We (and I include myself wholeheartedly) criticize each other for:

  • Not knowing everything (because of course WE the criticizer know it all)
  • Not completing all tasks in a single shift (HOW did you NOT have time???)
  • Not working enough shifts (because I’m capable of 37 twelve hour shifts in a row)
  • Working too much (workaholics aren’t cool either)
  • Working on a “lesser” floor, or lesser acuity unit
  • Being lazy
  • Never sitting down
  • Inadequate charting (Don’t you know how to do your job?)
  • Over-charting everything (Do you think you’re better than the rest of us?)
  • Saying the wrong thing
  • Doing the wrong thing
  • Wearing the wrong thing
  • Not enough credentials; certificates, BSN, MSN (Oh, you’re JUST an ADN?)
  • Having the degree but going to a “lesser” school (my BS is better than your BS)
  • Asking too many questions (How stupid ARE you?)
  • Not asking enough questions (What, you think you know it all?)
  • Talking too much (you’re annoying)
  • Not socializing enough (quiet equals snobby)
  • Showing up early
  • Showing up late

You get it. We find the most trivial things to criticize, no matter the subject. Shift report/hand-off is ripe with demeaning statements, teenage- worthy eye rolls and accusatory body language.

So maybe just for Nurses’ week, we spend a few minutes, or even a whole shift, putting ourselves in the shoes of those we tend to critique harshly. Our colleagues; men and women who likely have families they are caring for at home, who may be lacking sleep or support. Who’ve spent hours trying to care for a group of ill (and sometimes bat sh@# crazy!!) patients, yet somehow missed the daily weight, or forgot to call the doctor for an order. What if we spent a few minutes remembering that we’ve BEEN THERE – and if we haven’t yet, we COULD BE. Every one of us started somewhere….brand new, inexperienced. Even with truck loads of knowledge, we all have bad days, bad moments. Every one of us is capable of forgetting, overlooking, getting overwhelmed, or simply not having the energy to do one. more. thing.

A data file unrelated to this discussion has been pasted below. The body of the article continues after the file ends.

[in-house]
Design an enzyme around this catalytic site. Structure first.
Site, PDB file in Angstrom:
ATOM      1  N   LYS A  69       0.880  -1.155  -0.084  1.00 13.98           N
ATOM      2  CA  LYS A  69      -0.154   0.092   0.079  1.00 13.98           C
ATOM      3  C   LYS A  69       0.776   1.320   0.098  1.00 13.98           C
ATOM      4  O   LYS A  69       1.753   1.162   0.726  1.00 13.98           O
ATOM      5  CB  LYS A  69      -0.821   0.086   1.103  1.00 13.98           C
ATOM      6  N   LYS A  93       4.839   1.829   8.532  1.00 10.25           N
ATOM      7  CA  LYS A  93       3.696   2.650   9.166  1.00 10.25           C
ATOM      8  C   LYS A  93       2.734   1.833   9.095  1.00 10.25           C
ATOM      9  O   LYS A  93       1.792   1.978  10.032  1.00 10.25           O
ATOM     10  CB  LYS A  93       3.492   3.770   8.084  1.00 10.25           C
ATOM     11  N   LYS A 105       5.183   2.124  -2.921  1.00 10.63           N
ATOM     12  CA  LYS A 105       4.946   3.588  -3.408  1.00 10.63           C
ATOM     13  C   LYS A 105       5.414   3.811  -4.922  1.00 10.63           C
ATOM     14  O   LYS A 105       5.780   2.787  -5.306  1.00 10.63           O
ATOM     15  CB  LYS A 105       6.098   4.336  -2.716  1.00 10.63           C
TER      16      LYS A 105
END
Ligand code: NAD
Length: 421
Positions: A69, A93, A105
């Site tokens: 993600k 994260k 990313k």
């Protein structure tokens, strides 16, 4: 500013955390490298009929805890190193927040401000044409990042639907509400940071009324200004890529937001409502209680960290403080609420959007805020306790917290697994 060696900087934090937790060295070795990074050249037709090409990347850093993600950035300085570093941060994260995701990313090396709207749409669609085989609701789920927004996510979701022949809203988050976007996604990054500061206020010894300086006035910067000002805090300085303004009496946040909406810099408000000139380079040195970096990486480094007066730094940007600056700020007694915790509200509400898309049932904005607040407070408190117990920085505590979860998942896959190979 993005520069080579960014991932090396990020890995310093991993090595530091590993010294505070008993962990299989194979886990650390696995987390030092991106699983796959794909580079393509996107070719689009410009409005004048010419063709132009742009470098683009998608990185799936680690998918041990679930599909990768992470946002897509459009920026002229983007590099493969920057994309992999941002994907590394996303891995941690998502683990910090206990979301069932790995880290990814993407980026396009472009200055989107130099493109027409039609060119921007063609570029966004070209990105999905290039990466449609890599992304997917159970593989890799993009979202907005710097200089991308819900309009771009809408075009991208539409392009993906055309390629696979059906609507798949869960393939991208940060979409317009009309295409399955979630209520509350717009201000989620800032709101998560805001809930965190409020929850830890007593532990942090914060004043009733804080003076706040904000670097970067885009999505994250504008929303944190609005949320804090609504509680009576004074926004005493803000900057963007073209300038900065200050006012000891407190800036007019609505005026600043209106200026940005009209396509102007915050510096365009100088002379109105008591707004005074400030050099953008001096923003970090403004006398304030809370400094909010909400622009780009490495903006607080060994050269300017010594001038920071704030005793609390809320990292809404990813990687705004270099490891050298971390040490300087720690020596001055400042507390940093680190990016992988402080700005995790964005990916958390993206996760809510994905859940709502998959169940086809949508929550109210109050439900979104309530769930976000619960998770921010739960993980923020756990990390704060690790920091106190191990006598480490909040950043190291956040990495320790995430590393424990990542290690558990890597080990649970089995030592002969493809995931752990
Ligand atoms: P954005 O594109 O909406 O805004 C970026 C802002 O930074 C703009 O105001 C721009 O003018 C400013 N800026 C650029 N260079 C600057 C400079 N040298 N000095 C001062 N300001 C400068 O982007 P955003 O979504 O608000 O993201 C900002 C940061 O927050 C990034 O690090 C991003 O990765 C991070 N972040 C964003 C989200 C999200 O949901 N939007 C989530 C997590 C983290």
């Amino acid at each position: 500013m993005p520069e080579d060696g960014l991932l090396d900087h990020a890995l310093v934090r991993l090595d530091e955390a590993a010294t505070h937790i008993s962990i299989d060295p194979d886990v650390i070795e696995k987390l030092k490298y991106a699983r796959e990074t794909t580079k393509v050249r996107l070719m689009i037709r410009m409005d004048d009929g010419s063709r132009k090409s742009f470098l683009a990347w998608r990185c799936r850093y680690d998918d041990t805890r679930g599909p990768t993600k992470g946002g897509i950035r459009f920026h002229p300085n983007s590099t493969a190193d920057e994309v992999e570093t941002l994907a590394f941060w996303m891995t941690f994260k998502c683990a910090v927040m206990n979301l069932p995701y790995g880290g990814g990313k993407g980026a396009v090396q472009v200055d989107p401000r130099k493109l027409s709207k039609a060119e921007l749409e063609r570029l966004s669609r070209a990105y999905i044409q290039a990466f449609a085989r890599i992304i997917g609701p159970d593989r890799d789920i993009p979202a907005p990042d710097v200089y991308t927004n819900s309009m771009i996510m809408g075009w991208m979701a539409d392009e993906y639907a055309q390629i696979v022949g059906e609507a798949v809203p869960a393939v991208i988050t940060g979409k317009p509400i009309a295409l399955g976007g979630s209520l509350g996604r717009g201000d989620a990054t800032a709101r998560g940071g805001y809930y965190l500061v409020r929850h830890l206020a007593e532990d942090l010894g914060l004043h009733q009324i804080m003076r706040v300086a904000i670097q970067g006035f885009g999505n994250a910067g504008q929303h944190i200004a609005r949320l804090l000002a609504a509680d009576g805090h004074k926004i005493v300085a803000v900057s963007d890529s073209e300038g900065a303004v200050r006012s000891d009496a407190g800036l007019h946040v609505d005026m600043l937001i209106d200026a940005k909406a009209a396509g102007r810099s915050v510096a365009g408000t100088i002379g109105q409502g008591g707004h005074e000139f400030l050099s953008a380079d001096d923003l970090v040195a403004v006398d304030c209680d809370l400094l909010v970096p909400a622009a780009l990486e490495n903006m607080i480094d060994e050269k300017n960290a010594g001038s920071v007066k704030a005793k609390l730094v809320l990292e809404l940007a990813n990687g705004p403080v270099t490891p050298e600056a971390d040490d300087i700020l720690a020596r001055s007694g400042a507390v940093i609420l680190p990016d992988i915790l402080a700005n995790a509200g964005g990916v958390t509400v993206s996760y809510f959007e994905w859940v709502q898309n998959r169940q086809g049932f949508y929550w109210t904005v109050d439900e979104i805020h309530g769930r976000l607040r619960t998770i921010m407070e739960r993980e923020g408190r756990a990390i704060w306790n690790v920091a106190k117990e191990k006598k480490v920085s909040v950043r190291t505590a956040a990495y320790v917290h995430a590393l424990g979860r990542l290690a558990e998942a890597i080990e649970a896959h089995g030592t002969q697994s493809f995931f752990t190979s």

Funny memory… many years ago….my co worker’s patient coded (heart stopped, not breathing). A new nurse, ready to take action, I was excited and afraid. Grabbing the chart, I asked the primary nurse – “What team is this patient on? I’ll page the Dr.”

“I don’t know” he replied.

“YOU DON’T KNOW???!!! HOW COULD YOU NOT KNOW THE TEAM!!!” I screamed in front of about 5 people helping in the room. I was appalled that he wouldn’t know this important bit of information. I was also overwhelmed, fearful, with adrenaline shooting through my veins. So was he….therefore he didn’t have the answer in the exact second I wanted it.

We laughed about this later, because it’s so ridiculous and not at all in my nature to yell. All I had to do was turn one page in the chart and look at the Doc’s name myself. Panic overtook my thinking and I couldn’t respond rationally. Humiliation is an expert teacher, and I haven’t yet yelled like that again.

My challenge – to myself and to the nurse reading – Take a moment before you speak. Consider the judgments and thoughts that are swirling around in your head before you decide to act upon them or share them with the person next to you. More than likely, whatever action you are thinking of condemning, you are completely capable of committing…and possibly already have at some point in your career.


When bullying is identified in doctor-nurse relationships, we don’t hesitate to denounce it. We are unrelenting advocates for our team mates when the need arises. This type of zero tolerance is desperately needed in peer situations as well. What can you do to reduce abusive behavior and improve the morale of your workplace? How can your words relay acceptance and encouragement?

This May, use your Nurse SuperPower to educate and empower another nurse – one word or smile, one shift report at a time.


Cheers and Gratitude,

Tiffany, humbled RN

If you’ve been bullied, witnessed bullying, or want to learn more, go to